This paper presents a method of performing Life Cycle Energy Analysis (LCEA) for the purpose of material selection. The method applies product analysis methods to the evaluation of material options for automotive components. Specifically, LCEA is used to compare material options for a bumper-reinforcing beam on a 1030 kg vehicle. From an energy perspective, glass fiber composites and high-strength steel beams performed best. This paper also presents a set of life cycle energy terms designed to clearly distinguish between energy consumption occurring during different phases of a product’s life cycle. In addition, this paper compares the results of the LCEA method to those of other energy analyses and demonstrates how different methods of varying thoroughness can result in different material selections. Finally, opportunities are identified for extending this type of analysis beyond both automotive components and energy consumption.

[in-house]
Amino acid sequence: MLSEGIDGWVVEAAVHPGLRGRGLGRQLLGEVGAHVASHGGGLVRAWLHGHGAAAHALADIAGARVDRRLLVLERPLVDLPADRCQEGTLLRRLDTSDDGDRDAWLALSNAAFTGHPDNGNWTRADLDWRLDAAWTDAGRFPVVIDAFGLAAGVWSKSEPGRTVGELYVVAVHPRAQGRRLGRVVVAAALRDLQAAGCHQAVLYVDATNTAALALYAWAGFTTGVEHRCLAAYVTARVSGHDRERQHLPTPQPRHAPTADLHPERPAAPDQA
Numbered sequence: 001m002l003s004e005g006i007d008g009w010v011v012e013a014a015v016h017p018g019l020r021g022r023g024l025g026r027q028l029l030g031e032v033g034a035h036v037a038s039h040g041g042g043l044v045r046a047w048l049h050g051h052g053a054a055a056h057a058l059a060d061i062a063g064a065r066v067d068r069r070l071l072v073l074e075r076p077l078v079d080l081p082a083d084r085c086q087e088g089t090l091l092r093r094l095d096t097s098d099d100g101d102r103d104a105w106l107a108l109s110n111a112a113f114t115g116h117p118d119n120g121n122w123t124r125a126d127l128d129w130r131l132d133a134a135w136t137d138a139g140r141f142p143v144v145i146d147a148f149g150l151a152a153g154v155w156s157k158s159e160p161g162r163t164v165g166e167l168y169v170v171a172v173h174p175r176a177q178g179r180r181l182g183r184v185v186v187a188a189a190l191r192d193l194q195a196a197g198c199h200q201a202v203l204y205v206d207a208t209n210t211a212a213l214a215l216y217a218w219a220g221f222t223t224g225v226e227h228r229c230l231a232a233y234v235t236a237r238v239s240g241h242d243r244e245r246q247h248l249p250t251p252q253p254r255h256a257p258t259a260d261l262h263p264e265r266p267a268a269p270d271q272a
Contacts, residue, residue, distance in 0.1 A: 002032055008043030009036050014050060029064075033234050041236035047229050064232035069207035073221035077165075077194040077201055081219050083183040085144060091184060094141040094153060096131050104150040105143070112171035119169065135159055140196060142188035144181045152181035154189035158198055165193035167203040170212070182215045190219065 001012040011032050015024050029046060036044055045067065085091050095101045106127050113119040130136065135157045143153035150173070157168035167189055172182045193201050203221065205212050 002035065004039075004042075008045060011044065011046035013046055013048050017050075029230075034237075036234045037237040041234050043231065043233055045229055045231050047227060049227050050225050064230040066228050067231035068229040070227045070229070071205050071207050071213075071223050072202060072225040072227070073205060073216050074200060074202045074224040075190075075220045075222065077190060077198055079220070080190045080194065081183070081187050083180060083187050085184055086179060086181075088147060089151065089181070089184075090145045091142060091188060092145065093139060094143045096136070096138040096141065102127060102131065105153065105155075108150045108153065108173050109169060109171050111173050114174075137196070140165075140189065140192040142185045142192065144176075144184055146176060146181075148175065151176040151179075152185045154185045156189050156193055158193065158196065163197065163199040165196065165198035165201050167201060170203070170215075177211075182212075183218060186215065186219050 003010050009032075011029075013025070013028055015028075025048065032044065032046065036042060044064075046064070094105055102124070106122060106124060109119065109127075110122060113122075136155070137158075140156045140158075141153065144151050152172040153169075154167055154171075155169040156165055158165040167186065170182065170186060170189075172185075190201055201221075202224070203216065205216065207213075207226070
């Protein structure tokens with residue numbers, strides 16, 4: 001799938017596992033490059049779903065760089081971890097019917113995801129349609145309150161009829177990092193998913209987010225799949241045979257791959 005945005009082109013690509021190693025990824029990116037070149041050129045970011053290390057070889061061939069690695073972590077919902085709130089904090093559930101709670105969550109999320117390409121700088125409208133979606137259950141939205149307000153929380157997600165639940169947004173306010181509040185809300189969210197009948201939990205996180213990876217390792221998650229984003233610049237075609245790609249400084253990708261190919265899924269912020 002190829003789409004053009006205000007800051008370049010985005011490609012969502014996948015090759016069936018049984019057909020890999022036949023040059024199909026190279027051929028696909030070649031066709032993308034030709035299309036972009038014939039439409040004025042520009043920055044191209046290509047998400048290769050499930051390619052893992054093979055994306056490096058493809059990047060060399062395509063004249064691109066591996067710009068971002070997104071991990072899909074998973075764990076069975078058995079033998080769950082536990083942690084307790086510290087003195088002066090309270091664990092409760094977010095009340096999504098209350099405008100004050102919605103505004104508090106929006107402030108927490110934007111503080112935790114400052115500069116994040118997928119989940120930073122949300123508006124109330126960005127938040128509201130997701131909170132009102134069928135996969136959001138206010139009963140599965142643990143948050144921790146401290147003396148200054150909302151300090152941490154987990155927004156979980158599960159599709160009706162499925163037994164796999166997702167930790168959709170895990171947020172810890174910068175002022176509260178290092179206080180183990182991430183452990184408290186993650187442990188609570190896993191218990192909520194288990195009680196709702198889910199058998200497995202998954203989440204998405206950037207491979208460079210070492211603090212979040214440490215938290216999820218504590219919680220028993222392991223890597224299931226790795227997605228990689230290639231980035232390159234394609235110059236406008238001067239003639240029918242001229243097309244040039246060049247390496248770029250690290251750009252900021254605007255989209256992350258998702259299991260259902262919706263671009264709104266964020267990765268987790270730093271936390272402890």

- Design Engineering Division and Computers and Information in Engineering Division
Life Cycle Energy Analysis as a Method for Material Selection
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Fitch, PE, & Cooper, JS. "Life Cycle Energy Analysis as a Method for Material Selection." Proceedings of the ASME 2003 International Design Engineering Technical Conferences and Computers and Information in Engineering Conference. Volume 3a: 8th Design for Manufacturing Conference. Chicago, Illinois, USA. September 2–6, 2003. pp. 95-102. ASME. https://doi.org/10.1115/DETC2003/DFM-48142
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